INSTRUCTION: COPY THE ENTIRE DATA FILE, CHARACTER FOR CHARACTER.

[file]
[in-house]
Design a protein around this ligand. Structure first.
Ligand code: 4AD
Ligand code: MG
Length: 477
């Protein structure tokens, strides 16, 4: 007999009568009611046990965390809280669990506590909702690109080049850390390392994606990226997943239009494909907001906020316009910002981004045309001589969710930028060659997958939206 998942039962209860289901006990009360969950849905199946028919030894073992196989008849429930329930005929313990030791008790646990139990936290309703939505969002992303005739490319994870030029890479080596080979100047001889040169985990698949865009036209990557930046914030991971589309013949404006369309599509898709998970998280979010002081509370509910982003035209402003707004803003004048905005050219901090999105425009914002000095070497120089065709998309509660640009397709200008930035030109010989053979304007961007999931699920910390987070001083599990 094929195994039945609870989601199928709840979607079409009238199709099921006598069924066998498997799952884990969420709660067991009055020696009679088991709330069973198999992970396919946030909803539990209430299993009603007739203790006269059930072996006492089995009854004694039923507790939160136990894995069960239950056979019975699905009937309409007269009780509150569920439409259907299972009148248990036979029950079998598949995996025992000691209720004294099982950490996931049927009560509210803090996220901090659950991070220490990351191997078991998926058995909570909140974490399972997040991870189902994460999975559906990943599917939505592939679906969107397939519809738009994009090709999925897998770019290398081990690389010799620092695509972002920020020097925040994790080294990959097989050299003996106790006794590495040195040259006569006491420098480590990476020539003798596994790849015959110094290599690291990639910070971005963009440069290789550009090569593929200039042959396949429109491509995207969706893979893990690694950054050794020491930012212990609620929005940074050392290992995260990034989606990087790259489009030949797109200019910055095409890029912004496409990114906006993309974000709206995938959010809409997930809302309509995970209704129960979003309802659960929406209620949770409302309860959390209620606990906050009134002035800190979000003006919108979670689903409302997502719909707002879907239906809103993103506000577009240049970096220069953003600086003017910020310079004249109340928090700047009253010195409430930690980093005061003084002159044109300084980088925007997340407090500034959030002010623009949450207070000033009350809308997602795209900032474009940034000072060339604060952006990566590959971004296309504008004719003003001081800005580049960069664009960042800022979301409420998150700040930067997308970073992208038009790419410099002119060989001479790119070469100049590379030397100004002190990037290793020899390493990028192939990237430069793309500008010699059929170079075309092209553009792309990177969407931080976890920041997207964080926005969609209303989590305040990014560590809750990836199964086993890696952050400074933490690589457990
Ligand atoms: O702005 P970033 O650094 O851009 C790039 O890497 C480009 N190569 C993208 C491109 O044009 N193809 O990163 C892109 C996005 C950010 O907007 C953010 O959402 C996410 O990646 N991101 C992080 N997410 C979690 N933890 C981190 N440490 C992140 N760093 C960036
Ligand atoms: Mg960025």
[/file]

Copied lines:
[in-house]
Design a protein around this ligand. Structure first.
Ligand code: 4AD
Ligand code: MG
Length: 477
């Protein structure tokens, strides 16, 4: 007999009568009611046990965390809280669990506590909702690109080049850390390392994606990226997943239009494909907001906020316009910002981004045309001589969710930028060659997958939206 998942039962209860289901006990009360969950849905199946028919030894073992196989008849429930329930005929313990030791008790646990139990936290309703939505969002992303005739490319994870030029890479080596080979100047001889040169985990698949865009036209990557930046914030991971589309013949404006369309599509898709998970998280979010002081509370509910982003035209402003707004803003004048905005050219901090999105425009914002000095070497120089065709998309509660640009397709200008930035030109010989053979304007961007999931699920910390987070001083599990 094929195994039945609870989601199928709840979607079409009238199709099921006598069924066998498997799952884990969420709660067991009055020696009679088991709330069973198999992970396919946030909803539990209430299993009603007739203790006269059930072996006492089995009854004694039923507790939160136990894995069960239950056979019975699905009937309409007269009780509150569920439409259907299972009148248990036979029950079998598949995996025992000691209720004294099982950490996931049927009560509210803090996220901090659950991070220490990351191997078991998926058995909570909140974490399972997040991870189902994460999975559906990943599917939505592939679906969107397939519809738009994009090709999925897998770019290398081990690389010799620092695509972002920020020097925040994790080294990959097989050299003996106790006794590495040195040259006569006491420098480590990476020539003798596994790849015959110094290599690291990639910070971005963009440069290789550009090569593929200039042959396949429109491509995207969706893979893990690694950054050794020491930012212990609620929005940074050392290992995260990034989606990087790259489009030949797109200019910055095409890029912004496409990114906006993309974000709206995938959010809409997930809302309509995970209704129960979003309802659960929406209620949770409302309860959390209620606990906050009134002035800190979000003006919108979670689903409302997502719909707002879907239906809103993103506000577009240049970096220069953003600086003017910020310079004249109340928090700047009253010195409430930690980093005061003084002159044109300084980088925007997340407090500034959030002010623009949450207070000033009350809308997602795209900032474009940034000072060339604060952006990566590959971004296309504008004719003003001081800005580049960069664009960042800022979301409420998150700040930067997308970073992208038009790419410099002119060989001479790119070469100049590379030397100004002190990037290793020899390493990028192939990237430069793309500008010699059929170079075309092209553009792309990177969407931080976890920041997207964080926005969609209303989590305040990014560590809750990836199964086993890696952050400074933490690589457990
Ligand atoms: O702005 P970033 O650094 O851009 C790039 O890497 C480009 N190569 C993208 C491109 O044009 N193809 O990163 C892109 C996005 C950010 O907007 C953010 O959402 C996410 O990646 N991101 C992080 N997410 C979690 N933890 C981190 N440490 C992140 N760093 C960036
Ligand atoms: Mg960025």